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England v Pakistan

Old resolve, new technique combine to fuel Azhar Ali’s Diriliş

Azhar Ali
by Aadya Sharma 5 minute read

The day expectedly drifted England’s way, but Pakistan skipper Azhar Ali’s steely knock helped allay existing doubts over his form, while helping his team to take the fight to another day, writes Aadya Sharma.

Azhar Ali rarely looks rushed in anything he does, but, as he has found out in the past two weeks, life as a Test captain can come at you fast. On the fourth morning of the first Test, Pakistan were cruising towards victory, seemingly set on maintaining an impressive record in England. Barely four days’ play later, and his career is on the line.

The old ‘only Pakistan can lose it from here’ phrase did the rounds, with Azhar’s uninspiring record as captain – two wins and three losses from seven – and as a batsman – an average of 25.87 since the start of 2018 – coming under scrutiny.

The flak has flowed from a series of former Pakistan greats. Inzamam-ul-Haq had been displeased by the “lack of intent”, Shoaib Akhtar, in a typically florid YouTube rant, compared Pakistan to a club team, and even the normally even-handed Wasim Akram feared the worst: “Obviously, if we don’t win and he doesn’t perform then Pakistan Cricket Board have to look for someone else.”

With Pakistan hurtling towards their first series defeat in England since 2006, there was a growing sentiment that Azhar could face the fate of his predecessor Sarfaraz Ahmed. When he walked to the crease on the second evening of the final Test, there was only pride left to be salvaged, England having racked up 583 in their first innings. With Pakistan going to stumps three down, even that looked unlikely.

Yet among all the brouhaha, Azhar has remained dignified, seemingly waiting for his time and it is to his credit as a captain that team unity hasn’t unravelled even as they have struggled on the field. He revealed that they, in trying to bounce back from the disappointment, had been binging on the Turkish TV show Diriliş: Ertuğrul. On Sunday, Azhar was at the centre of his very own Diriliş – or resurrection – not of Pakistan’s hopes of saving the series or even the match, but of his own place certainly, and perhaps of something deeper, of the team’s perception back home.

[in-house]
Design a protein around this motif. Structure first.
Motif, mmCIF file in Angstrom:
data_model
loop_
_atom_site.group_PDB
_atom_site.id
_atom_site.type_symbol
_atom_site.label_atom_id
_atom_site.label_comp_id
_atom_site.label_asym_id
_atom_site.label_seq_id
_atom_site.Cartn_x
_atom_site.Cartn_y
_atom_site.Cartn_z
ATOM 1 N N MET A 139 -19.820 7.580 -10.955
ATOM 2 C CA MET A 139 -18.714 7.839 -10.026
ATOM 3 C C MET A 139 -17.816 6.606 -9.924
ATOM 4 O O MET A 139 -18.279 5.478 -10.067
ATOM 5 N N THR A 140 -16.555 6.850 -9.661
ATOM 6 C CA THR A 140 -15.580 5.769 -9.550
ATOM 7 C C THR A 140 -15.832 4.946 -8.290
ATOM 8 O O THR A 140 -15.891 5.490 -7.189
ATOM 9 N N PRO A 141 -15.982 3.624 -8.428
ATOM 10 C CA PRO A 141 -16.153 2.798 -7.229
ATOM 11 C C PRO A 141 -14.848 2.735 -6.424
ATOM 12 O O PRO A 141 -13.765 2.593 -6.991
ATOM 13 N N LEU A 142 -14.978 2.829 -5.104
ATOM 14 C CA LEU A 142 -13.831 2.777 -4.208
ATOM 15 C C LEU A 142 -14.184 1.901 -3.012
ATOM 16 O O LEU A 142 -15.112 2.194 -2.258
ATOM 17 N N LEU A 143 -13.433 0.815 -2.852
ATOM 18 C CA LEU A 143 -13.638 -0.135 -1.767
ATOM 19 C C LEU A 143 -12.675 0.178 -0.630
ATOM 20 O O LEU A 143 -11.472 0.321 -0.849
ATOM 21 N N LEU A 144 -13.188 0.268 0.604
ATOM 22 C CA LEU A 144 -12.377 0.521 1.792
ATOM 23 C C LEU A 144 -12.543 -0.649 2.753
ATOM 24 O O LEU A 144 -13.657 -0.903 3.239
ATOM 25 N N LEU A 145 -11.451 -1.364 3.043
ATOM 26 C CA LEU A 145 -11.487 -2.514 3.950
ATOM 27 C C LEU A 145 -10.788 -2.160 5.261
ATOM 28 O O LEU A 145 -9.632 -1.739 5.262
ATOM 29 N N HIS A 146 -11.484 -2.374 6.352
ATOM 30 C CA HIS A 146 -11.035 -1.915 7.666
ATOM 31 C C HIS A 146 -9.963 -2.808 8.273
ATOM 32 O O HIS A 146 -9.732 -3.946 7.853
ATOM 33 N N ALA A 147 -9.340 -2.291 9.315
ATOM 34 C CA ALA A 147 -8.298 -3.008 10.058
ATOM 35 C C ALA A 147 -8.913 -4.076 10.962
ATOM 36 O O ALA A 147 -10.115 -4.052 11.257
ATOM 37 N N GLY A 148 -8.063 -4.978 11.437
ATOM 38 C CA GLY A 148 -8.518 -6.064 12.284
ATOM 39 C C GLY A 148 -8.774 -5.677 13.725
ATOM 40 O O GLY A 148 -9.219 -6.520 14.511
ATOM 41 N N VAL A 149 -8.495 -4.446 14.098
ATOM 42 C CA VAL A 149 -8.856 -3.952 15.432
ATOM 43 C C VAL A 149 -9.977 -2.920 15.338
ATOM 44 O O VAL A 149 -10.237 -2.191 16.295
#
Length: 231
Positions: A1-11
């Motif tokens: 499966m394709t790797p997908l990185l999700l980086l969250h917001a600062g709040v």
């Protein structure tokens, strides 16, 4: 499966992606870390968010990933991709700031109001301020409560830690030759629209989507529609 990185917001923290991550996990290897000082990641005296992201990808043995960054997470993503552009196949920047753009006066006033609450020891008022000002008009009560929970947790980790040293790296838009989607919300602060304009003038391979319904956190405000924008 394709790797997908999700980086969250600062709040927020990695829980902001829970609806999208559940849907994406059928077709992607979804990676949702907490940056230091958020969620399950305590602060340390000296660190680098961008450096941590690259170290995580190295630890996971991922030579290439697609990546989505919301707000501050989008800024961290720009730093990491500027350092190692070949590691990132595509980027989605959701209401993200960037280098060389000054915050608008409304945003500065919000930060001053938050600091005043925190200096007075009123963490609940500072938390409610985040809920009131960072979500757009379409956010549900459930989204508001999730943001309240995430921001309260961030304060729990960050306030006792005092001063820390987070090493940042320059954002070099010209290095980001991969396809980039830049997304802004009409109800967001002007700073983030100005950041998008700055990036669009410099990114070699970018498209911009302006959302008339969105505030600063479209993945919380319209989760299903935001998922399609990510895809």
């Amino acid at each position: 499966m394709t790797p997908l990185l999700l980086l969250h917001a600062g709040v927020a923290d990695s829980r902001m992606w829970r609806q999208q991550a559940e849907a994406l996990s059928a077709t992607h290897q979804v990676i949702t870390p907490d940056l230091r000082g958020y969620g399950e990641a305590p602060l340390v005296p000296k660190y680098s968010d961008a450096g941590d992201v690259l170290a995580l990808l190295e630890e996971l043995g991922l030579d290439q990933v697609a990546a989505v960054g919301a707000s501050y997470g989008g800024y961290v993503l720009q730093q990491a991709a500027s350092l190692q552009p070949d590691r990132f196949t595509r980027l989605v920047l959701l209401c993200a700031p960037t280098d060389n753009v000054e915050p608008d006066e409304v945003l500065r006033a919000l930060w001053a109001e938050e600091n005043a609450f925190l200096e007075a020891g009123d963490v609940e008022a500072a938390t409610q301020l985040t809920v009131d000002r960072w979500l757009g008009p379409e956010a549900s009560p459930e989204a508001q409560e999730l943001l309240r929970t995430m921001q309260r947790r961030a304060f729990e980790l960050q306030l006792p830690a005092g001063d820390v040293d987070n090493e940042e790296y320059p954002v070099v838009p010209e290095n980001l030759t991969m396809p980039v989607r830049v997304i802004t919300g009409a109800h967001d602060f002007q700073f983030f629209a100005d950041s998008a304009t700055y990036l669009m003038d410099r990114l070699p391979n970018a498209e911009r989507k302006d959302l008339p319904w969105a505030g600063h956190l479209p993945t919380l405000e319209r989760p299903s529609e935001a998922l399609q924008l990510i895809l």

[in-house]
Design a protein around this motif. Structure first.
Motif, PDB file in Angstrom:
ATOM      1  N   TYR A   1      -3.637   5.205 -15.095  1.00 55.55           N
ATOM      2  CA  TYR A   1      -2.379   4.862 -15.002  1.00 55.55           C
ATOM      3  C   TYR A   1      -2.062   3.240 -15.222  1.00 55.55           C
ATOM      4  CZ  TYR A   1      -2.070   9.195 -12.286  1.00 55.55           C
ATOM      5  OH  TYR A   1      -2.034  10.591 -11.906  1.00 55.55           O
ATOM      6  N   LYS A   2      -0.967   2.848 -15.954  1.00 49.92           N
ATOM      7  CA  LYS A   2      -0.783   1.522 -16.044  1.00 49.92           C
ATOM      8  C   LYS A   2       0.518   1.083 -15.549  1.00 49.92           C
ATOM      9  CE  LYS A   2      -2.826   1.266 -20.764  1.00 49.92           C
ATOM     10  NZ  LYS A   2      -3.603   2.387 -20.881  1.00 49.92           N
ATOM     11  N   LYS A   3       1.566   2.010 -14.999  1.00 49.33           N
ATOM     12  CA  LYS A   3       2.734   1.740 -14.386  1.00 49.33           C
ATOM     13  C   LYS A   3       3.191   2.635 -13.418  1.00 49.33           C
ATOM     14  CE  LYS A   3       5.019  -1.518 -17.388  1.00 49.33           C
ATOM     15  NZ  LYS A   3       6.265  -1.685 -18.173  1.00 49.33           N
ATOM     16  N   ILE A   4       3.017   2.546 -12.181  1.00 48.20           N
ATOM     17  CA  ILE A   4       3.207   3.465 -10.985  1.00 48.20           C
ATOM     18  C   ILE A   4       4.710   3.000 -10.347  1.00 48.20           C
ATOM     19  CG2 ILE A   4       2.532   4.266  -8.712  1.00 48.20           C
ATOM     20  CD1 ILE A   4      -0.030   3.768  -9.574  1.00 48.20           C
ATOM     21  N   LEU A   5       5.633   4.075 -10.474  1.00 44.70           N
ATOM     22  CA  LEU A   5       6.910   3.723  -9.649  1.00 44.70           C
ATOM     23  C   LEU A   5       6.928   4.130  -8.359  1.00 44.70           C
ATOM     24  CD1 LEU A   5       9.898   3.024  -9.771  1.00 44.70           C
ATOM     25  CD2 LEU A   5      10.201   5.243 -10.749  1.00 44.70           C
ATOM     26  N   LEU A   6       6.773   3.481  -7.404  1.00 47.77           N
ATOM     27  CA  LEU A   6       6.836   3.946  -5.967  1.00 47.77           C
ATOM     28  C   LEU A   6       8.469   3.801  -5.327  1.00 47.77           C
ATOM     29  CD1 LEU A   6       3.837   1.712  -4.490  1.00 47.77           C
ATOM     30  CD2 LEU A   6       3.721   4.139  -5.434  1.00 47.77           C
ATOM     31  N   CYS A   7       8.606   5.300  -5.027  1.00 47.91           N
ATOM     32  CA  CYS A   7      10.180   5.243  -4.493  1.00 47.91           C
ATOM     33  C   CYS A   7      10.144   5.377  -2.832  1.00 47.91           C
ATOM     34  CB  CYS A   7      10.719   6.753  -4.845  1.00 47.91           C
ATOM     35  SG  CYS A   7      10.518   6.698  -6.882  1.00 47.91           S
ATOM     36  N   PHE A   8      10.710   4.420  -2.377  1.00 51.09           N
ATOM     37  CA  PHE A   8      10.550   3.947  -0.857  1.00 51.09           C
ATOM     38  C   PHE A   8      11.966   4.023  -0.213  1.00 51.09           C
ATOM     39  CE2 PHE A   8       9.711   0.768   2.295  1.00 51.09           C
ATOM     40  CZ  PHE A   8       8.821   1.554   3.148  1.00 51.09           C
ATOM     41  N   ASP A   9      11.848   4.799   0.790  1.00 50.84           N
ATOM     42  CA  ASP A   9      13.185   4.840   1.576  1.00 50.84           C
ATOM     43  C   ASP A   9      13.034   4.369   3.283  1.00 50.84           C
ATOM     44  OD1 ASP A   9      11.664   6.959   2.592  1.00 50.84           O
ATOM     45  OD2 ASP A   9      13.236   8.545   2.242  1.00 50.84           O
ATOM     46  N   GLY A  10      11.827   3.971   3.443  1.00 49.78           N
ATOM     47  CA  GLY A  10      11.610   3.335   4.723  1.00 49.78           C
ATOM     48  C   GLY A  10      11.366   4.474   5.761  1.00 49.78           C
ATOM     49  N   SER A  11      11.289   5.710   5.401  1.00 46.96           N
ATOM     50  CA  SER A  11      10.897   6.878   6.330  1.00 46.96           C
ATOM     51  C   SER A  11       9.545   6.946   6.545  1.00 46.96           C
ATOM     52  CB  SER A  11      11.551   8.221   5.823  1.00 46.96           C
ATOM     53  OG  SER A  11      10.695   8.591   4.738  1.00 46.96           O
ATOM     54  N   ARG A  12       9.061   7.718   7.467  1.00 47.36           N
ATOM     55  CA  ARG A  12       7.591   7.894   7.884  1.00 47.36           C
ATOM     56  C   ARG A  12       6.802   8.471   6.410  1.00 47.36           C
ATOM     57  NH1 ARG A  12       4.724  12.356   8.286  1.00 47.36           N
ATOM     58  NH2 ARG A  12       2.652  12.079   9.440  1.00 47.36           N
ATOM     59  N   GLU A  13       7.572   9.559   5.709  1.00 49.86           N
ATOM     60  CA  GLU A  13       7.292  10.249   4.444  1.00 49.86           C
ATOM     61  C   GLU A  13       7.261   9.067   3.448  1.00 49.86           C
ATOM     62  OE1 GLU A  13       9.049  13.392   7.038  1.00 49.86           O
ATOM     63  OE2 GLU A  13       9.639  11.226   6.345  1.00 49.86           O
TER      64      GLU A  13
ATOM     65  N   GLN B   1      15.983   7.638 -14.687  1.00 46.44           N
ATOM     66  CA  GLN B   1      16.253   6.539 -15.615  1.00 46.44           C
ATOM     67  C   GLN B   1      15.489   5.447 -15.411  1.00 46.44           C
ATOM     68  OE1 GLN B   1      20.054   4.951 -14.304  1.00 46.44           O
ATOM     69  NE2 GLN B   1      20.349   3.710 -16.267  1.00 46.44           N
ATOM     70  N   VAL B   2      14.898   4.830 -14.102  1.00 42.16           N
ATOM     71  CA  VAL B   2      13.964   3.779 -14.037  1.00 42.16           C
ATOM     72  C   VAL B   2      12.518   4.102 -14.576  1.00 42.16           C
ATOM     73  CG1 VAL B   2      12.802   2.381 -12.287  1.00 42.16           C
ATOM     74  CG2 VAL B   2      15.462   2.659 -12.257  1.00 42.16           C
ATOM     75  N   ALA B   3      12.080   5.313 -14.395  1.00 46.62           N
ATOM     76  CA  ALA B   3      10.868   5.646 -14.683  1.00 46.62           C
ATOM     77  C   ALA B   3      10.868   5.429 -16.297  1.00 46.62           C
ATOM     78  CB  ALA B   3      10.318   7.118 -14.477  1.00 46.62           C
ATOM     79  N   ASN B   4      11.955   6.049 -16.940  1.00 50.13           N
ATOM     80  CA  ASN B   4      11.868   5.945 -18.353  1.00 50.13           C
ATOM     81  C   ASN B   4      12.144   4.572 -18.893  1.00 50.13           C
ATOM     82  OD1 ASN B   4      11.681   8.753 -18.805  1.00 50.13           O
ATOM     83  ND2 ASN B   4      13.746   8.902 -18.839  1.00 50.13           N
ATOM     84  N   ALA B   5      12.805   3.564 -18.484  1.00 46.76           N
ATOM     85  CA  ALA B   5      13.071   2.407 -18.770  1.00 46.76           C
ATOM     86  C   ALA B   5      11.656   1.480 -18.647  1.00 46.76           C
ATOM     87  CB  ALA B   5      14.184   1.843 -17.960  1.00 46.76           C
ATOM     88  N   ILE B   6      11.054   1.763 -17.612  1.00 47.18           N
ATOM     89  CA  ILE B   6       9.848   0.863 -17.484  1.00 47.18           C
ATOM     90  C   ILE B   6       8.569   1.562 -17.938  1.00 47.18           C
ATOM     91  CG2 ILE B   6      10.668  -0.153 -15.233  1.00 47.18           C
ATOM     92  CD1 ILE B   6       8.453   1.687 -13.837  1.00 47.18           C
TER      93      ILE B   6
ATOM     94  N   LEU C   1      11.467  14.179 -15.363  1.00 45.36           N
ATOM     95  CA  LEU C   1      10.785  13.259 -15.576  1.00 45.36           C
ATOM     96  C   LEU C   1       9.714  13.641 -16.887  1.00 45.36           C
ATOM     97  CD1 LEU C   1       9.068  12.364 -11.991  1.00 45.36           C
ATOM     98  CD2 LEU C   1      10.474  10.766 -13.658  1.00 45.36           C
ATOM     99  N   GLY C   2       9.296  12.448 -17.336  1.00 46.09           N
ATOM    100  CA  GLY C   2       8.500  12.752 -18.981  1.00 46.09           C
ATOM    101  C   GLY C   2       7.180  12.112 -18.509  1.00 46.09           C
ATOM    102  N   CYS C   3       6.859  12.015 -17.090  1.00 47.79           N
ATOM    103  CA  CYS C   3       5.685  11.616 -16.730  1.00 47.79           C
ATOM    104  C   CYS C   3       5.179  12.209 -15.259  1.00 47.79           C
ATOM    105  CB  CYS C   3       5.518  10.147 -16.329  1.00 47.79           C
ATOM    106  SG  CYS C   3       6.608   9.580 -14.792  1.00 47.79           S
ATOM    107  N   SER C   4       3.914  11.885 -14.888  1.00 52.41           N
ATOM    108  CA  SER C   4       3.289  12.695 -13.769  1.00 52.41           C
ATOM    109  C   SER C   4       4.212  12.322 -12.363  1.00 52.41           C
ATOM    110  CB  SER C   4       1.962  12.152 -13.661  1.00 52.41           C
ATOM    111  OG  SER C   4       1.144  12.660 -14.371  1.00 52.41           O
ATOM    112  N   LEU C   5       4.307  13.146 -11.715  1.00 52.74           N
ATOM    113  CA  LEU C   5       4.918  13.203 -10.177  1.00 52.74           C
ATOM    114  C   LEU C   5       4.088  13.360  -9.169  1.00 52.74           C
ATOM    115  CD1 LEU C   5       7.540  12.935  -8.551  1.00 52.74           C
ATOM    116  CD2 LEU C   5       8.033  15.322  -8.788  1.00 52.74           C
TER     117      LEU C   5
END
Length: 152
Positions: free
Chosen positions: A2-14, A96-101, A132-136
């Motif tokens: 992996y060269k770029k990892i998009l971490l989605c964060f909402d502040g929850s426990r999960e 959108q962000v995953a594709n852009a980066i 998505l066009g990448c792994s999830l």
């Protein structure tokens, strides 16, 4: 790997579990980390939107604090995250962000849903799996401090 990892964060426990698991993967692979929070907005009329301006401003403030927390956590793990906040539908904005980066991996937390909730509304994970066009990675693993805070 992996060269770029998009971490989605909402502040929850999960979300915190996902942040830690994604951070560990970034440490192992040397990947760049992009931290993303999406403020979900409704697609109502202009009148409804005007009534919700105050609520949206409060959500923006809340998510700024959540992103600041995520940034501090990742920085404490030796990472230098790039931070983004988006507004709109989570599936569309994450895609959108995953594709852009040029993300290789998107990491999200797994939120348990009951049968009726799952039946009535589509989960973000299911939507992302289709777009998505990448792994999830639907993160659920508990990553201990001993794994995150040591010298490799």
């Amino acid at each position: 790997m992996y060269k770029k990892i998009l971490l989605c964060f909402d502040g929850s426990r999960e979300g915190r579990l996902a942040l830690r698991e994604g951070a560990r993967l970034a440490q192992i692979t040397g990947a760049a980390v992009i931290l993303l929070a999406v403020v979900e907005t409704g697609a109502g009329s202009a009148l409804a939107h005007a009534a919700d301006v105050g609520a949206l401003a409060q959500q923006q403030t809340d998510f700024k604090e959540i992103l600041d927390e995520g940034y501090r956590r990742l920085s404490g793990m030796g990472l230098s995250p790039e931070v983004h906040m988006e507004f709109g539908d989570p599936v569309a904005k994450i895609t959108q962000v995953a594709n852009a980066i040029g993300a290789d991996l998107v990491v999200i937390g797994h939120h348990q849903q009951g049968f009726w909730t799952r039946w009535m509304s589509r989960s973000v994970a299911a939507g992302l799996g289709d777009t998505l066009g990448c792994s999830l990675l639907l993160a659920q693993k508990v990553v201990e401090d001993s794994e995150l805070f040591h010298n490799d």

Azhar Ali Pakistan

The Pakistan team have been binging on the Turkish TV show Diriliş: Ertuğrul

It was an innings of technical as well as temperamental renewal, revolving around a vital tweak, helping him fix an erratic stance that had his head fall over, making him vulnerable to the ball coming in. Having been dismissed leg-before in both innings of the Manchester Test, Azhar quietly adopted an open stance, ensuring that he was not plonking his front foot forward.

“His feet are in a much better position, he is getting his left foot out of the way,” said Nasser Hussain on commentary. “You can see he’s not planting his foot, he’s been able to get that foot out the way and access the ball. That’s just a small change, not an easy thing to do in the middle of the series.”

Asad Shafiq departed early on the third morning, but Azhar found company in the fidgety Fawad Alam, combining to weather the morning session, where the occasional burst of rain did little to help the batsmen maintain their concentration.

Azhar’s stance may have been more open, but he stayed true to his more cautious style, maintaining a compact posture, playing close to his body and flicking away anything that lay on the middle and leg stump, blunting the attack till the new ball softened. The English quicks decided to shift their channel outside off in an attempt to disturb his refurbished technique, but with little movement on offer, and Azhar’s patience plentiful, a Plan C was needed.

Jofra Archer began bending his back, consistently cranking up 90mph, even giving Mohammad Rizwan a thwack on the helmet with a sharp bouncer. Azhar was unfazed.

When any width was presented, Azhar deftly rode the bounce, guiding deliveries over the slip cordon and past point to keep the battle going. Any whispers of the captain’s scratchy form were being diffused, stroke by stroke.

And slowly, the rest began to heal too. As the skipper piled on the runs, the previously critical Wasim, softened, confidently stating that “these are the best players we have on this tour.”

The cuts, drives, and flicks took him past 6,000 Test runs – and the Azhar Ali of old slowly resurfaced. A flashy drive in the 72nd over brought up his 17th Test century, he glanced at his bat twice in muted celebration, signifying that the willow had done the talking. “It is my responsibility to make sure that I score runs,” Azhar had said before the match.

The follow-on could not be avoided, but Azhar had done his part, ending the day with 141 runs and an asterisk next to his name. A glorious drive down the ground off Stuart Broad in the 90th over, of a delivery angling into his stumps, was the final certificate of the merits of his new technique. It was an alliance of Azhar’s familiar, old resolve, and his newfound technical modification. The battle trudges into another day, but Azhar’s resurrection, in its own way, was complete.

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